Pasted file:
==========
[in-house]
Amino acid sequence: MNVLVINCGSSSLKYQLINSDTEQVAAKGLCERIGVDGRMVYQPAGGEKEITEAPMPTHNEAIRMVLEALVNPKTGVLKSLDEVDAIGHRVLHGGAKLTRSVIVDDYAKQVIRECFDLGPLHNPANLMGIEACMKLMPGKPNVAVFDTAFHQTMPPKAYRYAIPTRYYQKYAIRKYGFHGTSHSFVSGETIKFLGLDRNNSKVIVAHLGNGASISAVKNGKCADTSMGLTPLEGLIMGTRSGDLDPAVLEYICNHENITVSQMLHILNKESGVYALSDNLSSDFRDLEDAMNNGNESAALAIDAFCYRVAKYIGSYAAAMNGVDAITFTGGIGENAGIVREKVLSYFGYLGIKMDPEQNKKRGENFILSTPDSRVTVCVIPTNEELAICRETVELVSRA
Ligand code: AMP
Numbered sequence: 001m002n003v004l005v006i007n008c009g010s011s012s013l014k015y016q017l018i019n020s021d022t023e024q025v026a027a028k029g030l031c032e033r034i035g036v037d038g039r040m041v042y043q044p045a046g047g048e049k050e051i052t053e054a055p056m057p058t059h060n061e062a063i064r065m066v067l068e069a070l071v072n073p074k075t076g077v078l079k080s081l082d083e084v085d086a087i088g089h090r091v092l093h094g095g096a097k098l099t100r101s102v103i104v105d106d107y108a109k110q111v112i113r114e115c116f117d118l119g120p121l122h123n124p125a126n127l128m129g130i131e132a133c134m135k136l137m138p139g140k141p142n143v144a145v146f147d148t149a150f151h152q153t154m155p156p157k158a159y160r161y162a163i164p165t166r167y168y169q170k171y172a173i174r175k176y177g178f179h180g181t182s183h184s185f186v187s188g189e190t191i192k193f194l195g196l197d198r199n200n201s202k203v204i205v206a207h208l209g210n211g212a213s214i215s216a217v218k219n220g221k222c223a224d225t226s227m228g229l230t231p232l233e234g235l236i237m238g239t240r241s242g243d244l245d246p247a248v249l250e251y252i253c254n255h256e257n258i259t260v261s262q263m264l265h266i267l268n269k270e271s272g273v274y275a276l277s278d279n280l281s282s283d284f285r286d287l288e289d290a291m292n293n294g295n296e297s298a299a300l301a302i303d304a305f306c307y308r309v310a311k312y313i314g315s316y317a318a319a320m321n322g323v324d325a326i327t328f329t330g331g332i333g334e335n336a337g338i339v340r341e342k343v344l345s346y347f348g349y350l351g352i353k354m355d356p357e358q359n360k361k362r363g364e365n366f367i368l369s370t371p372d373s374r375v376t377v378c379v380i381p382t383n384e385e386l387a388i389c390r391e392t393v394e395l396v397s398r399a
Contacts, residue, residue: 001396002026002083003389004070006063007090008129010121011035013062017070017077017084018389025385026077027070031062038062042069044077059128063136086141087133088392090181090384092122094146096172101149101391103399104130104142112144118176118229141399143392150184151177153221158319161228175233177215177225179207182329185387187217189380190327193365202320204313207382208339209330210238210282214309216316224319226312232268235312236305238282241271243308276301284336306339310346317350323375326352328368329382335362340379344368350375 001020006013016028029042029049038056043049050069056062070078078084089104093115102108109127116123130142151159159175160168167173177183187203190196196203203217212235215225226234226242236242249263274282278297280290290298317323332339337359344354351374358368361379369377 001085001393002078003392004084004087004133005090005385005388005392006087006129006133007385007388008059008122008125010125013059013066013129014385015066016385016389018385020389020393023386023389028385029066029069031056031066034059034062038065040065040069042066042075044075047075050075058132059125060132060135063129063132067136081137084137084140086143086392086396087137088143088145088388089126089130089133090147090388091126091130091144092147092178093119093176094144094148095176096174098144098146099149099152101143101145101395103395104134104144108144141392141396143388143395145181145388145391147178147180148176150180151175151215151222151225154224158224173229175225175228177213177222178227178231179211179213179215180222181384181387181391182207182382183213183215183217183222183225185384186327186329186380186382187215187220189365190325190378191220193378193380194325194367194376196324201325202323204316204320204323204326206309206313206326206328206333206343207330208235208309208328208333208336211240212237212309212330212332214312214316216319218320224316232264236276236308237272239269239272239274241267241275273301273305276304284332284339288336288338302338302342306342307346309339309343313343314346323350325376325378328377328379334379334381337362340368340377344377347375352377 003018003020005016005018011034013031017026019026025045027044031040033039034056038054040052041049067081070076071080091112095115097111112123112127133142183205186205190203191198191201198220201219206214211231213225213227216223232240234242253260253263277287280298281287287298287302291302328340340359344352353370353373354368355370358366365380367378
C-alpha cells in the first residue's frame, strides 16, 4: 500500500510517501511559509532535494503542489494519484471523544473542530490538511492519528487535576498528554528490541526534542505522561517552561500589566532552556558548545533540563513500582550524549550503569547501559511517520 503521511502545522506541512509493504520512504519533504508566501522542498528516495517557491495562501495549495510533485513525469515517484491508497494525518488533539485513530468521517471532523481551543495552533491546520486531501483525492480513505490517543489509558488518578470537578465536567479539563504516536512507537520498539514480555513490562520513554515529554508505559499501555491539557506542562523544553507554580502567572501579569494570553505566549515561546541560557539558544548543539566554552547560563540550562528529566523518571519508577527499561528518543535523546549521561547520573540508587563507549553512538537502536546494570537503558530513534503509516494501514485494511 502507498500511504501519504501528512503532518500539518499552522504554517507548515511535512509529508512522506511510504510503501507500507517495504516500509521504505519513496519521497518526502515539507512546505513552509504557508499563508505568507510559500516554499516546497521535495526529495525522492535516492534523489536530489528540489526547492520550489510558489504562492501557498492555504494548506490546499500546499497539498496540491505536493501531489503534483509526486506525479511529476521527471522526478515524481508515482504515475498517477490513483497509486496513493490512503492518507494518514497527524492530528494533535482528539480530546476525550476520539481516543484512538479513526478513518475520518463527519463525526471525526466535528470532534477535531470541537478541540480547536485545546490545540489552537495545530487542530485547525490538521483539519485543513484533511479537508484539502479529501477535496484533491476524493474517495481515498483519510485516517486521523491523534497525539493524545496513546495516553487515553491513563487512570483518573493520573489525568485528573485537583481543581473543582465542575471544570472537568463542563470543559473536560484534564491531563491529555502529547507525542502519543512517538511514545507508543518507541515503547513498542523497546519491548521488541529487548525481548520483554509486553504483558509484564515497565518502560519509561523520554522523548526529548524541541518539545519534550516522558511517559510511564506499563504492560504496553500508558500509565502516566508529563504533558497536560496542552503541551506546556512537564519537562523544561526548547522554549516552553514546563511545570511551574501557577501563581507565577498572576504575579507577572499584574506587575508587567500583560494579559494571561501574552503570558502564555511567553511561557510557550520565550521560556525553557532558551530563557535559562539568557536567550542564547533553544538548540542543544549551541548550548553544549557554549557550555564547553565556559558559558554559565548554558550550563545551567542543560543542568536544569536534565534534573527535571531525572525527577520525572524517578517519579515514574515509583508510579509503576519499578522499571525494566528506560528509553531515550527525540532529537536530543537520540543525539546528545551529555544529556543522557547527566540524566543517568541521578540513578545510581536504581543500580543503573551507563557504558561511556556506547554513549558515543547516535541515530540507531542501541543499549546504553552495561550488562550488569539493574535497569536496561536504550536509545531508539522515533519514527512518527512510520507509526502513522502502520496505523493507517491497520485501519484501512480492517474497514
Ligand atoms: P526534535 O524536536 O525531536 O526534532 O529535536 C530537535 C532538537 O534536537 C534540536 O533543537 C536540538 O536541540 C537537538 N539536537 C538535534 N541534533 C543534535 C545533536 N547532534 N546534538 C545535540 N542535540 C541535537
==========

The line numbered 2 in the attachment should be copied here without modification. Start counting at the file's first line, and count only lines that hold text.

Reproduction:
Amino acid sequence: MNVLVINCGSSSLKYQLINSDTEQVAAKGLCERIGVDGRMVYQPAGGEKEITEAPMPTHNEAIRMVLEALVNPKTGVLKSLDEVDAIGHRVLHGGAKLTRSVIVDDYAKQVIRECFDLGPLHNPANLMGIEACMKLMPGKPNVAVFDTAFHQTMPPKAYRYAIPTRYYQKYAIRKYGFHGTSHSFVSGETIKFLGLDRNNSKVIVAHLGNGASISAVKNGKCADTSMGLTPLEGLIMGTRSGDLDPAVLEYICNHENITVSQMLHILNKESGVYALSDNLSSDFRDLEDAMNNGNESAALAIDAFCYRVAKYIGSYAAAMNGVDAITFTGGIGENAGIVREKVLSYFGYLGIKMDPEQNKKRGENFILSTPDSRVTVCVIPTNEELAICRETVELVSRA